In terms of dollars and cents, the 2018-19 season is going to be big for New York Rangers center Kevin Hayes. His final statistical numbers will help to determine if he’s a long-term or stopgap solution for the franchise’s rebuilding effort moving forward.
It’s one of the most intriguing questions in sports today: When do you give a player financial security with a long-term contract? Often, the answer becomes easy if the player in question has lifted his own stock by becoming a better all-around player in the lineup.
All eyes will be on New York this season to see if Hayes can continue flourishing with his play and become a long-term solution for the Rangers’ rebuild. He is playing on a one-year contract, so the front office will need answers quickly before next spring’s trade deadline.
Hayes’ puck-handling and defensive skills make him a logical choice for the Rangers’ top line, but Mika Zibanejad is currently filling that role. Both players had a positive winning faceoff percentage last season, but the biggest difference in their play is Zibanejad’s ability to produce more scoring chances at even-strength and from the point position on the team’s top power-play unit.
Players like Hayes are essential pieces to a Stanley Cup championship team because of their versatility to play anywhere in the lineup. Hayes has averaged close to a point per game in four NHL seasons. His level of production might need to improve more this season, so the Rangers gain a balanced scoring attack from their top lines.
Where Does Hayes’ Career Go from Here?
Hayes is a bit of a mystery in terms of what type of player he is on the ice. After a disappointing sophomore campaign, Hayes has become a top point producer for the Rangers, as he netted a career high in goals (25) last season, although his assists were down. The rise in goal scoring came as a pleasant surprise, but it’s all part of him gaining more confidence with his own game. If Hayes can continue his development into becoming a more complete hockey player, then it seems like a no-brainer for the Rangers to sign him to a long-term deal.
After this season, Hayes will be an unrestricted free agent looking for security. What that contract will look like remains to be seen, but it will depend heavily on his point production this season. The Rangers hope his name is announced often in Madison Square Garden, especially after big goals have been scored. If Hayes can put it all together, then he can expect a significant deposit to his bank account next summer.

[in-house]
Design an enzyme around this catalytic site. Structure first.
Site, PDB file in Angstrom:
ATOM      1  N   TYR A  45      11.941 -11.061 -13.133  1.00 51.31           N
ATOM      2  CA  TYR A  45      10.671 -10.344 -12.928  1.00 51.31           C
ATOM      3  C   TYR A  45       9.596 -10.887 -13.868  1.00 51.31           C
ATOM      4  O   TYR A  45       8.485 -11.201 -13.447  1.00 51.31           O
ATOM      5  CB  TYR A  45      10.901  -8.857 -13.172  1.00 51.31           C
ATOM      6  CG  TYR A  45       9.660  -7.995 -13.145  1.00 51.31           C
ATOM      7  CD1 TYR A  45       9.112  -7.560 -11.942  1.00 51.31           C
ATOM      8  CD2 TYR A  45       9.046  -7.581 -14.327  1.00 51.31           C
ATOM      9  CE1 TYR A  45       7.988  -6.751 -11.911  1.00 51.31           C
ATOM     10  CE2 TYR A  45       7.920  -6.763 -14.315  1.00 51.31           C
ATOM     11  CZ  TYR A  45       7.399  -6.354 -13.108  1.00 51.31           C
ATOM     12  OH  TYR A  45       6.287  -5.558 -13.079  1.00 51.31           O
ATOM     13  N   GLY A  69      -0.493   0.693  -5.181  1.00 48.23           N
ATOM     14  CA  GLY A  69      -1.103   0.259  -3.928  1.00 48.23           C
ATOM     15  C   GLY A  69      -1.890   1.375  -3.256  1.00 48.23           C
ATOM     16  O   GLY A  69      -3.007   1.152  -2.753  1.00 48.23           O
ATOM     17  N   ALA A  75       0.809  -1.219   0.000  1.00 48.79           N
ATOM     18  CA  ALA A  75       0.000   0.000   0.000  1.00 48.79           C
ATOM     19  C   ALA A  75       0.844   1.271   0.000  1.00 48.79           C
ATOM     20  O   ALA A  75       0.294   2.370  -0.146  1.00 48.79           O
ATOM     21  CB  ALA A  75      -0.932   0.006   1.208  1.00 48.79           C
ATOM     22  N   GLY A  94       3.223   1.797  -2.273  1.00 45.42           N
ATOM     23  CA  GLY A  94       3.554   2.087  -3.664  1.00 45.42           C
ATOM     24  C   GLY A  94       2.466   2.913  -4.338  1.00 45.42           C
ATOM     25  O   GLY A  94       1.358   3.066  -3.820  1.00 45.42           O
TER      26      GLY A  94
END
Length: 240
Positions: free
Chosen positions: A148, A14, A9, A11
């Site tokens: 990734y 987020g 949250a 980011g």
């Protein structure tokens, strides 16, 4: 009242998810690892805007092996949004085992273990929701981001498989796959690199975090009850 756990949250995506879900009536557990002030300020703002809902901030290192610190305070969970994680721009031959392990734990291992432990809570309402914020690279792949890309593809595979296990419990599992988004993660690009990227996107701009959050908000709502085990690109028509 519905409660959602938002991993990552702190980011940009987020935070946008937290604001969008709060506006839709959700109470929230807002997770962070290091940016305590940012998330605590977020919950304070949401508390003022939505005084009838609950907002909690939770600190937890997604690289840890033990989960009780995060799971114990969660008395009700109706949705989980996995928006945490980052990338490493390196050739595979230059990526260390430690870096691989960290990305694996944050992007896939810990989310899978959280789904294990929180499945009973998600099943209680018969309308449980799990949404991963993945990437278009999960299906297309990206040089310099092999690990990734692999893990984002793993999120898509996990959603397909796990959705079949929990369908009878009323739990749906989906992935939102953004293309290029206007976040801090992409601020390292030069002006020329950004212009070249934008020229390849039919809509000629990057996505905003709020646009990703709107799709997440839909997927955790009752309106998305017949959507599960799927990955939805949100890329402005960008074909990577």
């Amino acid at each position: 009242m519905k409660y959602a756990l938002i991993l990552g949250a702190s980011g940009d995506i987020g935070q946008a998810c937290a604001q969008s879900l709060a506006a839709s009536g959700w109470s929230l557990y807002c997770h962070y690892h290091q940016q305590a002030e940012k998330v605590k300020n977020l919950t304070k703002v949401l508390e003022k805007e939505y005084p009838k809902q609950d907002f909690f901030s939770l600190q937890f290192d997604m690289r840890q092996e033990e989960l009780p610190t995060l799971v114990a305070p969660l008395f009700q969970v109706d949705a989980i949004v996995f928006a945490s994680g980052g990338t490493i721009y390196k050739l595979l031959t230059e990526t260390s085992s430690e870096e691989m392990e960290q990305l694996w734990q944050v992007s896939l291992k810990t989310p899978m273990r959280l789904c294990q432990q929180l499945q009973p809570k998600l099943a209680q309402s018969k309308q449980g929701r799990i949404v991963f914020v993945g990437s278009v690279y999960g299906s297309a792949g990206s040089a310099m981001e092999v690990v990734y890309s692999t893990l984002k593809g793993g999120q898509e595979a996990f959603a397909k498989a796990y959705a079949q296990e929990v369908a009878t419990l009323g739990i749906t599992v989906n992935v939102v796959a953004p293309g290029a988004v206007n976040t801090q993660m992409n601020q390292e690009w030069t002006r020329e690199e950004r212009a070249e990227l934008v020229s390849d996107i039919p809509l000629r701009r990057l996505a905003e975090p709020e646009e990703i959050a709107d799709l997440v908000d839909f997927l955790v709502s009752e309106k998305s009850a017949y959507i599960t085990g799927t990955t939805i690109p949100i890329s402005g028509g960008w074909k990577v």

Does Hayes’ Production Compare to Ron Francis?
Hockey-Reference.com is a great resource for matching past and present players’ productivity at the same point in their careers. Those who match best with Hayes are Ron Francis, T.J. Oshie, Mike Foligno and Brian Bellows. All were or are top-line performers, but for Hayes to become a part of this lustrous group, his production must continue on an upward trend. If so, then Hayes has firmly established himself as a long-term solution to the Rangers’ rebuild.
Expecting Hayes to become another Ron Francis is unrealistic, but his production needs to become more dynamic to the point where it doesn’t matter who his linemates are on a given shift. To become a team leader for the Rangers, Hayes must develop Francis’ ability to make everyone around him better and more productive in the offensive zone.
The Rangers are taking a collective gamble, but all the pressure is on Hayes to show that he is worth the long-term commitment. He could end up being dealt away at the trade deadline or he could score over 30 goals and be awarded a big money, long-term free agent contract next offseason. The outcome may come down to the current status of the organization’s rebuild because the Ranger cannot afford to overpay a player if it will stifle the growth of one of their top prospects.
Committing to a long-term deal, the Rangers would be confirming that Hayes is the voice they want in their locker room leading this young group of prospects trying to make a name for themselves in New York. His role will be helping them prepare to compete each night, which should gain them the confidence and experience needed to win consistently in the NHL.
Hayes hasn’t reached his true potential as a professional, but as the season unfolds, he could establish himself as a promising two-way player.
Will that be enough to be considered a long-term solution for the Rangers’ rebuild? It’s too soon to call.
Thomas Conroy covers the Vegas Golden Knights for The Hockey Writers Network He has been writing about sports since 2007, first as a contributor for Bleacher Report and Football Nation. Recently, Conroy was a co-editor for the Bolts Beat website on Fansided. To read more his work, please him on Twitter @tsconroy